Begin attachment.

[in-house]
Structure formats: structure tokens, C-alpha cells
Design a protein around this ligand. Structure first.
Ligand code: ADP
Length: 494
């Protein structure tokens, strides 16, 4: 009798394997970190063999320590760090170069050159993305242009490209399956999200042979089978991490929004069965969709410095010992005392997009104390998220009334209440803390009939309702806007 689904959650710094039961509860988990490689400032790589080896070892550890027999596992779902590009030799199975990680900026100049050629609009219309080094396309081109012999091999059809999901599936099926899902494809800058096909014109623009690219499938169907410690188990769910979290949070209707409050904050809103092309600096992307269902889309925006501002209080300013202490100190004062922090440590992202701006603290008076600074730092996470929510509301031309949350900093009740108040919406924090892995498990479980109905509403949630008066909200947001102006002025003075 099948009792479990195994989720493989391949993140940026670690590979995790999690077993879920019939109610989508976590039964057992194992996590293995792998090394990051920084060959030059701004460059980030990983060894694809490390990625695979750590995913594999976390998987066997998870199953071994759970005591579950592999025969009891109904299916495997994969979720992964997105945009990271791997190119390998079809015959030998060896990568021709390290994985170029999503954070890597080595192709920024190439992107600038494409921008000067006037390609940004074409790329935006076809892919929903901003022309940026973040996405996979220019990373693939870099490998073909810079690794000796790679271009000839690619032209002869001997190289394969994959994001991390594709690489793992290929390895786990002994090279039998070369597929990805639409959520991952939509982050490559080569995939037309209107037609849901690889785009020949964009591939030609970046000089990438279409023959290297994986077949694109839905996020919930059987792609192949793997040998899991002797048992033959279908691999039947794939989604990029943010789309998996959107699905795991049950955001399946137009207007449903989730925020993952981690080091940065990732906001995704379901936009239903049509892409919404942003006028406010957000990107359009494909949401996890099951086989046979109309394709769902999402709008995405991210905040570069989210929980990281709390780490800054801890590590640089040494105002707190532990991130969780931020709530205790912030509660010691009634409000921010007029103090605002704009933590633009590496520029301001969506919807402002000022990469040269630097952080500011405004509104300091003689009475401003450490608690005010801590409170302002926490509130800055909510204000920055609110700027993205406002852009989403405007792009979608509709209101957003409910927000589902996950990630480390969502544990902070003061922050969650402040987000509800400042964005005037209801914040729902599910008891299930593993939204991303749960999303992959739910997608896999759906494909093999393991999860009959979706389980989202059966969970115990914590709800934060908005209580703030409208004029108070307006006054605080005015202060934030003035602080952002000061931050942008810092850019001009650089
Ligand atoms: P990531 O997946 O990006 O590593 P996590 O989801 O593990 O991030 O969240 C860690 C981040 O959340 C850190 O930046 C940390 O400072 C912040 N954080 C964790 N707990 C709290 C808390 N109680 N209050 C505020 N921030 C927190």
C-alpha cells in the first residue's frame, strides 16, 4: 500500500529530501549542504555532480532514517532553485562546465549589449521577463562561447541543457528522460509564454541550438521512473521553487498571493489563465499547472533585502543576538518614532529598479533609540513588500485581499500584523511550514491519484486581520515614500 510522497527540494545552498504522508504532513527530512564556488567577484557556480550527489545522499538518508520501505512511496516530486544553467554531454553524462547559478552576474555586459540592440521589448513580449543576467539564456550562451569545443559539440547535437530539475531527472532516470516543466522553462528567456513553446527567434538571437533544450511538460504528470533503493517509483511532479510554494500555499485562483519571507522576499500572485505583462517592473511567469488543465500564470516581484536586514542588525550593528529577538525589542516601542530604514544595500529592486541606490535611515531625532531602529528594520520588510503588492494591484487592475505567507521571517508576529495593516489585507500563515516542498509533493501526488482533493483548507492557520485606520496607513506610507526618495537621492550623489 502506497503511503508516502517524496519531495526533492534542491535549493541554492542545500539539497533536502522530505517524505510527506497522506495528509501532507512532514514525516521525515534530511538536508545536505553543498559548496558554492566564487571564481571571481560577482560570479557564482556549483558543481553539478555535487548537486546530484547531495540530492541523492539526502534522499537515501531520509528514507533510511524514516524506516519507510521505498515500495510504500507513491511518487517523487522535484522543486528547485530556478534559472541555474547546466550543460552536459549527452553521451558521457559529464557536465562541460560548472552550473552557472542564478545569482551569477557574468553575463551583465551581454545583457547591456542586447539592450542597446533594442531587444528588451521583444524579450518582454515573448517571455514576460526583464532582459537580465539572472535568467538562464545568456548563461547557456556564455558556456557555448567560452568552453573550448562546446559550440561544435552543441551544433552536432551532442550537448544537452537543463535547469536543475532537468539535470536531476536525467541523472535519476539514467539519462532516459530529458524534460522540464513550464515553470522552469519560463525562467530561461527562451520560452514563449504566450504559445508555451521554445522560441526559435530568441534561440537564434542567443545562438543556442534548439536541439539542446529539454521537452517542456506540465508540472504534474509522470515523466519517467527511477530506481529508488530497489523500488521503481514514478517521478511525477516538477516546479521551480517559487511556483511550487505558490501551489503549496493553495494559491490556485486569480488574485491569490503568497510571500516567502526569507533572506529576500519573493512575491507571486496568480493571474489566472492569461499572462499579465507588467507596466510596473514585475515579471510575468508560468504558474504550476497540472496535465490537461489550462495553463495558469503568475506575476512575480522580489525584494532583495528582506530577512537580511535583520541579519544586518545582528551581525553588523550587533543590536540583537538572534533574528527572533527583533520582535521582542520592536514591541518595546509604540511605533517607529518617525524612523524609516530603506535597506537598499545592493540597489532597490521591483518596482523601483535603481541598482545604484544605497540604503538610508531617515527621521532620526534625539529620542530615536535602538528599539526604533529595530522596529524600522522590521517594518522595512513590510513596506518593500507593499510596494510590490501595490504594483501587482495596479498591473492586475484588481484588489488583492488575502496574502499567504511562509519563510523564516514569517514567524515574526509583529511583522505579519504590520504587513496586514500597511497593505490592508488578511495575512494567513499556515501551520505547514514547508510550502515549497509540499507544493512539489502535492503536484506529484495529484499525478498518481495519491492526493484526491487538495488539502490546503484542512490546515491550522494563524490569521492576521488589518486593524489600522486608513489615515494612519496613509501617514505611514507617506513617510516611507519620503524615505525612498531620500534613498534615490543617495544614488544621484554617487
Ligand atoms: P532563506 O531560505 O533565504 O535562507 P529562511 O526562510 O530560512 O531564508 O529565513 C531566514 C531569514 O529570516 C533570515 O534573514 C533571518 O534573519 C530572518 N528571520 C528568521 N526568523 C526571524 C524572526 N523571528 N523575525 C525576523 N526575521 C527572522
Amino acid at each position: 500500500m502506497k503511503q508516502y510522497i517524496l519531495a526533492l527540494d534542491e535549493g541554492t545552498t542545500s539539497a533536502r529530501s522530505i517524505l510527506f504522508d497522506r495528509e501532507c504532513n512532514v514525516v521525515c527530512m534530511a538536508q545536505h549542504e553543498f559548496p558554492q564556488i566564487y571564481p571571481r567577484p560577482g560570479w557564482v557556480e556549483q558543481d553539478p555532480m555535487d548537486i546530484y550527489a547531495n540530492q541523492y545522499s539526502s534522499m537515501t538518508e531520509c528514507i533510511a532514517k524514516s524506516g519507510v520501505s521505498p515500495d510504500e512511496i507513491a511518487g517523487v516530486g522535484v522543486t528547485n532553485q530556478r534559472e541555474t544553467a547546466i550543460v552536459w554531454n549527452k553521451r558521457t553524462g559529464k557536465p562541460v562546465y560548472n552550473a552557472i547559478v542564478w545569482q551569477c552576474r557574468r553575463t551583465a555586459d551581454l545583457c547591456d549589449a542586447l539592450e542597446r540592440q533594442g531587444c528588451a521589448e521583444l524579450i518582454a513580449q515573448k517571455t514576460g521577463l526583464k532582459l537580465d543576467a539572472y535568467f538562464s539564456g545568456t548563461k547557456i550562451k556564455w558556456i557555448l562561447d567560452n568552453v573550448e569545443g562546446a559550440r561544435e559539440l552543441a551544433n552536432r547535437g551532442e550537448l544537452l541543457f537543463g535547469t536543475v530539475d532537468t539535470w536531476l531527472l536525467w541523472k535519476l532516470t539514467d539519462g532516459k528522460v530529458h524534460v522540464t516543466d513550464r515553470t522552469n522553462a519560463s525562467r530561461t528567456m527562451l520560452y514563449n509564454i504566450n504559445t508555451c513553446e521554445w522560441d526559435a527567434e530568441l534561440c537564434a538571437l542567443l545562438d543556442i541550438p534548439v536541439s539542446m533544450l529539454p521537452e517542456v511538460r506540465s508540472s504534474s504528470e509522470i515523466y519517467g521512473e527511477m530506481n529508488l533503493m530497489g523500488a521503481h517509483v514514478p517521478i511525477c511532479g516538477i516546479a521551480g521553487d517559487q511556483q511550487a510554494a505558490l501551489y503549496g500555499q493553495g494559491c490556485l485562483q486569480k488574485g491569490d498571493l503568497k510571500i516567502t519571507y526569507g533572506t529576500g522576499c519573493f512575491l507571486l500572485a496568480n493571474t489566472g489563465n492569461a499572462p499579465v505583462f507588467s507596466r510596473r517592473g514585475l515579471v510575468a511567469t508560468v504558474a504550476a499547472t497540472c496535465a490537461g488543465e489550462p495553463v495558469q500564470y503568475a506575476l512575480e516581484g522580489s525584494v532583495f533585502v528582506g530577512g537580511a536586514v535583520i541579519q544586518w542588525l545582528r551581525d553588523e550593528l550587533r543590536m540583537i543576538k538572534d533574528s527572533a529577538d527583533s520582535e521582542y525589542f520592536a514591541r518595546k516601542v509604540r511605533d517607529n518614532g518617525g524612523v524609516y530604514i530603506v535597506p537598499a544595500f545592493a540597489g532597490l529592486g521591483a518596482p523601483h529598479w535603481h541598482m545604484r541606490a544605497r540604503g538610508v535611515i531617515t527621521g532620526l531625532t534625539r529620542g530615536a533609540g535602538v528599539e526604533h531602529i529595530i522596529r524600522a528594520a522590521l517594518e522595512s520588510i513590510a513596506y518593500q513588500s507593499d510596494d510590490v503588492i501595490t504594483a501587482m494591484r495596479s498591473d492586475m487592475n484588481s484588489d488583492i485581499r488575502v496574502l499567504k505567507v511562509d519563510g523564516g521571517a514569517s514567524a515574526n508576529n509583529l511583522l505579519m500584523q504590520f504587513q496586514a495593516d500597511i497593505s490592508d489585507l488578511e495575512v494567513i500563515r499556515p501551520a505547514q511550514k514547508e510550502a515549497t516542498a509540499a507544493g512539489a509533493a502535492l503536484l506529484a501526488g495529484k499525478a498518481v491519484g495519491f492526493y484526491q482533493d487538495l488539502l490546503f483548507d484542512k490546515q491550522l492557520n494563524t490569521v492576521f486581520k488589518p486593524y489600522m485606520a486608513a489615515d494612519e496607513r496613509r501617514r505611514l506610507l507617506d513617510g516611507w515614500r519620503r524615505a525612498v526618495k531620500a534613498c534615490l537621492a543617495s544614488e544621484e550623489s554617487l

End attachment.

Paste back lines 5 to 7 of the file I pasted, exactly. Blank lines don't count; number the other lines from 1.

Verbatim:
Length: 494
């Protein structure tokens, strides 16, 4: 009798394997970190063999320590760090170069050159993305242009490209399956999200042979089978991490929004069965969709410095010992005392997009104390998220009334209440803390009939309702806007 689904959650710094039961509860988990490689400032790589080896070892550890027999596992779902590009030799199975990680900026100049050629609009219309080094396309081109012999091999059809999901599936099926899902494809800058096909014109623009690219499938169907410690188990769910979290949070209707409050904050809103092309600096992307269902889309925006501002209080300013202490100190004062922090440590992202701006603290008076600074730092996470929510509301031309949350900093009740108040919406924090892995498990479980109905509403949630008066909200947001102006002025003075 099948009792479990195994989720493989391949993140940026670690590979995790999690077993879920019939109610989508976590039964057992194992996590293995792998090394990051920084060959030059701004460059980030990983060894694809490390990625695979750590995913594999976390998987066997998870199953071994759970005591579950592999025969009891109904299916495997994969979720992964997105945009990271791997190119390998079809015959030998060896990568021709390290994985170029999503954070890597080595192709920024190439992107600038494409921008000067006037390609940004074409790329935006076809892919929903901003022309940026973040996405996979220019990373693939870099490998073909810079690794000796790679271009000839690619032209002869001997190289394969994959994001991390594709690489793992290929390895786990002994090279039998070369597929990805639409959520991952939509982050490559080569995939037309209107037609849901690889785009020949964009591939030609970046000089990438279409023959290297994986077949694109839905996020919930059987792609192949793997040998899991002797048992033959279908691999039947794939989604990029943010789309998996959107699905795991049950955001399946137009207007449903989730925020993952981690080091940065990732906001995704379901936009239903049509892409919404942003006028406010957000990107359009494909949401996890099951086989046979109309394709769902999402709008995405991210905040570069989210929980990281709390780490800054801890590590640089040494105002707190532990991130969780931020709530205790912030509660010691009634409000921010007029103090605002704009933590633009590496520029301001969506919807402002000022990469040269630097952080500011405004509104300091003689009475401003450490608690005010801590409170302002926490509130800055909510204000920055609110700027993205406002852009989403405007792009979608509709209101957003409910927000589902996950990630480390969502544990902070003061922050969650402040987000509800400042964005005037209801914040729902599910008891299930593993939204991303749960999303992959739910997608896999759906494909093999393991999860009959979706389980989202059966969970115990914590709800934060908005209580703030409208004029108070307006006054605080005015202060934030003035602080952002000061931050942008810092850019001009650089
Ligand atoms: P990531 O997946 O990006 O590593 P996590 O989801 O593990 O991030 O969240 C860690 C981040 O959340 C850190 O930046 C940390 O400072 C912040 N954080 C964790 N707990 C709290 C808390 N109680 N209050 C505020 N921030 C927190």